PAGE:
Reggae is a musical genre originating from Jamaica in the 1960s and is deeply linked to Rastafari, a spiritual and cultural movement promoting pan-Africanism. The movement encourages solidarity and the strengthening of bonds between all groups belonging to the African diaspora.

The songs incorporate elements of jazz, calypso and traditional African folk rhythms and tend to celebrate living life in the present while also emphasizing themes of social justice, resilience and peace.

De Zoysa said members of Irie were able to gather to watch famous reggae artist Bob Marley’s biographical movie “Bob Marley: One Love” this February.

“This was one of the first movies on the big screen to feature a Caribbean reggae artist and activist,” she said. 

Another important aspect of Caribbean heritage that Irie was able to highlight through Reggaefest was Caribbean cuisine.

Like reggae music, Caribbean food is a fusion of the many cultures that met in Caribbean cultures as a result of colonization and trade, including African, European, Latin and even Southeast Asian cooking and ingredients.

Members of Irie prepared dishes from the Caribbean countries they identify with for Reggaefest. (Catherine McKean)

“A lot of our general body and exec members made the food from their home country and from recipes passed through their families,” said de Zoysa.

While she and others were preparing the food in preparation for Reggaefest, de Zoysa says she was able to grow closer with other members of the Caribbean community on campus as well as her family back home.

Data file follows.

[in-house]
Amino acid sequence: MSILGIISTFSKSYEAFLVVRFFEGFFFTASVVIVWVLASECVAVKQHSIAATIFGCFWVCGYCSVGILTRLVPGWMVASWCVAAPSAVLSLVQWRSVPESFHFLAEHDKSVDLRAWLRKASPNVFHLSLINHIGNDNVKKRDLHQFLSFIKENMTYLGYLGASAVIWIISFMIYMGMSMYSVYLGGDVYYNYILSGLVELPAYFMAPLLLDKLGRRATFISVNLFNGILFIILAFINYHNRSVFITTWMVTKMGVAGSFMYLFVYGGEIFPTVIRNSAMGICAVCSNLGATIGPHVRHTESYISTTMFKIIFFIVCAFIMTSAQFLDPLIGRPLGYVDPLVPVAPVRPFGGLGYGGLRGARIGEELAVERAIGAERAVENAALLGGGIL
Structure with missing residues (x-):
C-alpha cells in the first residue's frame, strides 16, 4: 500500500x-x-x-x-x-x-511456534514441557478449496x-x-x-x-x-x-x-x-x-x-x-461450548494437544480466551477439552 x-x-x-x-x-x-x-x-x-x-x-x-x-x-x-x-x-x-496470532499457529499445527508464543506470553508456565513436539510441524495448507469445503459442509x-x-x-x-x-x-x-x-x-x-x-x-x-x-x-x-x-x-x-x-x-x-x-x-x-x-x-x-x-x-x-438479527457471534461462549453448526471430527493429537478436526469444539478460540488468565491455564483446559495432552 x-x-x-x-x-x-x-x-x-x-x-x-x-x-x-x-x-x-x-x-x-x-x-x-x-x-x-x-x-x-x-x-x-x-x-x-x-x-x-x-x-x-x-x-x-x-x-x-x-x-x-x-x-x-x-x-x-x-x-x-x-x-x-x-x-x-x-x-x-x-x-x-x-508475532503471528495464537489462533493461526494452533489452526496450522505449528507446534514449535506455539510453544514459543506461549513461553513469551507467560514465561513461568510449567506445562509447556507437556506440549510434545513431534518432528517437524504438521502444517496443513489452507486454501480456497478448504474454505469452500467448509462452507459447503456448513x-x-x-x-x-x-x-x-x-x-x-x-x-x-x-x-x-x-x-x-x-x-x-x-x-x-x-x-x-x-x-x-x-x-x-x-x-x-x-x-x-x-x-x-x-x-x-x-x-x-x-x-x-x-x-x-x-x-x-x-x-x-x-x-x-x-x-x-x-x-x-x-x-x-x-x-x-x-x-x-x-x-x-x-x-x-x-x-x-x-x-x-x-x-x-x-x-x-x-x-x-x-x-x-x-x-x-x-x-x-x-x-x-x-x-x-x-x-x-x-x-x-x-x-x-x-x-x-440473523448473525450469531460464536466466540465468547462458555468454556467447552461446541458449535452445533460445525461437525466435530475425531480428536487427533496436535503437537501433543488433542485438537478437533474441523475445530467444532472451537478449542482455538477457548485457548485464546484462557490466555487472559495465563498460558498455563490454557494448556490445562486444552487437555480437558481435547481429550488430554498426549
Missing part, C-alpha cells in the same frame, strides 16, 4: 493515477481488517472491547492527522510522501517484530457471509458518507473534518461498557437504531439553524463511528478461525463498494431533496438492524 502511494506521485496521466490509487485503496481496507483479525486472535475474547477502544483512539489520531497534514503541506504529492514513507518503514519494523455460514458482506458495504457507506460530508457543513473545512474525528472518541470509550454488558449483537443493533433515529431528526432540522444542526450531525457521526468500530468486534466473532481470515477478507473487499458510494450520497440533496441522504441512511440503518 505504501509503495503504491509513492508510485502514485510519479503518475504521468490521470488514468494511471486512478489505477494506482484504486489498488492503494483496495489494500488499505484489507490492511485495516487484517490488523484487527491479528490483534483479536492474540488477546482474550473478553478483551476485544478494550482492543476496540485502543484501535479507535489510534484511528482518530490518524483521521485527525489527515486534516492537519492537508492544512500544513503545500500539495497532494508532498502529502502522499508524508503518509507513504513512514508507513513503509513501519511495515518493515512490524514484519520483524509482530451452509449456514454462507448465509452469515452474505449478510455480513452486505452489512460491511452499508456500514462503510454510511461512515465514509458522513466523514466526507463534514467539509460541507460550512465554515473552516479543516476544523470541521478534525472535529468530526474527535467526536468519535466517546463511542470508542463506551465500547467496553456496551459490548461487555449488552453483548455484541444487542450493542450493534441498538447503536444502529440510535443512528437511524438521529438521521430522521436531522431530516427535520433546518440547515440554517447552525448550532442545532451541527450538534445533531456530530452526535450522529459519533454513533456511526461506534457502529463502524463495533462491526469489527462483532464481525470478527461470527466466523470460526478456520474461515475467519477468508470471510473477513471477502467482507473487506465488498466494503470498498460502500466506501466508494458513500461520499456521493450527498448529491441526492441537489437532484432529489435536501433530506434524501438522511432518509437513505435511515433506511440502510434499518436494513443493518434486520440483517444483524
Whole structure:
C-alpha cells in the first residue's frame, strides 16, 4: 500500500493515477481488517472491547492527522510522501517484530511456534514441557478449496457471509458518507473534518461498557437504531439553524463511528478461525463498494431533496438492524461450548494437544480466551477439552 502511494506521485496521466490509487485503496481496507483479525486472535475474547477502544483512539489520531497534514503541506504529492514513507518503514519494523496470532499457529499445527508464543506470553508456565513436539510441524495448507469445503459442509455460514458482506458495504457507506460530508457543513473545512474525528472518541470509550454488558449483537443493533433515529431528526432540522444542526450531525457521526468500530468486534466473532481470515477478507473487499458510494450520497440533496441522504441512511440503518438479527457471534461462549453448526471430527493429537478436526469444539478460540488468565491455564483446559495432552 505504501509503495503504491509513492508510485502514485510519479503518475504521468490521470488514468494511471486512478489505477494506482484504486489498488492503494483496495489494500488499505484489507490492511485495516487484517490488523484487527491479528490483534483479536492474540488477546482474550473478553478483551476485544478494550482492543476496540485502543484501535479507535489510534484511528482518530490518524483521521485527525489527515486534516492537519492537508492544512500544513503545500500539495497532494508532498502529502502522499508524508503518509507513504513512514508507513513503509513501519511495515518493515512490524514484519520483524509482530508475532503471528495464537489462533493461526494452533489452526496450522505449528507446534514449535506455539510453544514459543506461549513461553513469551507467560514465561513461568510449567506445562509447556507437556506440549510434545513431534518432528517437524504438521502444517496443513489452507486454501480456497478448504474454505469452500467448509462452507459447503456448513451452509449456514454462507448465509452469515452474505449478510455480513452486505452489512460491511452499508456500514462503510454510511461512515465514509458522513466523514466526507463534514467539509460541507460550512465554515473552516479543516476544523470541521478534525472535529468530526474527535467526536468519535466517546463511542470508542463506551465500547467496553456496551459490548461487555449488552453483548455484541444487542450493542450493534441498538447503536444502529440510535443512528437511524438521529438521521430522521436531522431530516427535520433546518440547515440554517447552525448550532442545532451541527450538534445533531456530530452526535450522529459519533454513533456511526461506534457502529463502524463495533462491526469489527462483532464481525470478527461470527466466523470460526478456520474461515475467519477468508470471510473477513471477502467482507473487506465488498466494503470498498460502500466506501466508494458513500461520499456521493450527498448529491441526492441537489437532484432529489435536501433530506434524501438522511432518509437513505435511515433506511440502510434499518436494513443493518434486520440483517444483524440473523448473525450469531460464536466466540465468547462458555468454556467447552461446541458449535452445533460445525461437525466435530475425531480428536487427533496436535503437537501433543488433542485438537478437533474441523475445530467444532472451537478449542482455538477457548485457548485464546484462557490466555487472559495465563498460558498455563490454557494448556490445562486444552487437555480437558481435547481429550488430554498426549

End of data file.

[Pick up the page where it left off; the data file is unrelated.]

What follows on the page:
“While I was cooking, many of us called home for advice. I called my grandma, I called my dad,” she said. “Not only were we able to celebrate with each other, but we were able to show our families how much our heritage means to us.”

President Benjamin said that Reggaefest has always been “something of a family affair,” sharing that even last year’s event was made possible through the help of family and friends, like Irie vice president Ewunik McCarthy’s, ’24, dad running the grill.

“It’s definitely a community effort,” she said. “And we have to lean on a lot of off-campus sources, because we can’t get half of this food because we don’t have an international store anywhere near Lexington.”

Being vegetarian, Benjamin said she prepared Caribbean fusion dishes like rasta pasta, BBQ jerk tofu and curried potatoes and chickpeas for Reggaefest.

The full menu also included dishes like the Haitian salade makawoni, curry goat from St. Vincent and the Grenadines and Jamaican Escovitch fish, giving attendees a wide assortment of heritages and cultures to sample.

De Zoysa said her heritage comes through her grandmother, who was born in Guyana, a country on South America’s North Atlantic coast. When she first came to W&L, she said that it was difficult to find a place to celebrate that specific history.

“While there are organizations like SABU and even CLE that have some overlap including the Caribbean diaspora, there wasn’t really a specific space for Caribbean students,” she said. “Our nation and heritage is often lost in discussions about the African or Latin diaspora.”

This year, de Zoysa said she’s finally been able to celebrate her culture as a Caribbean-American in a way “that is true to the authentic cultural experience.”

Irie plans on continuing to celebrate the Caribbean experience in the upcoming years and hopes to expand its programs and philanthropy after a successful first year at W&L.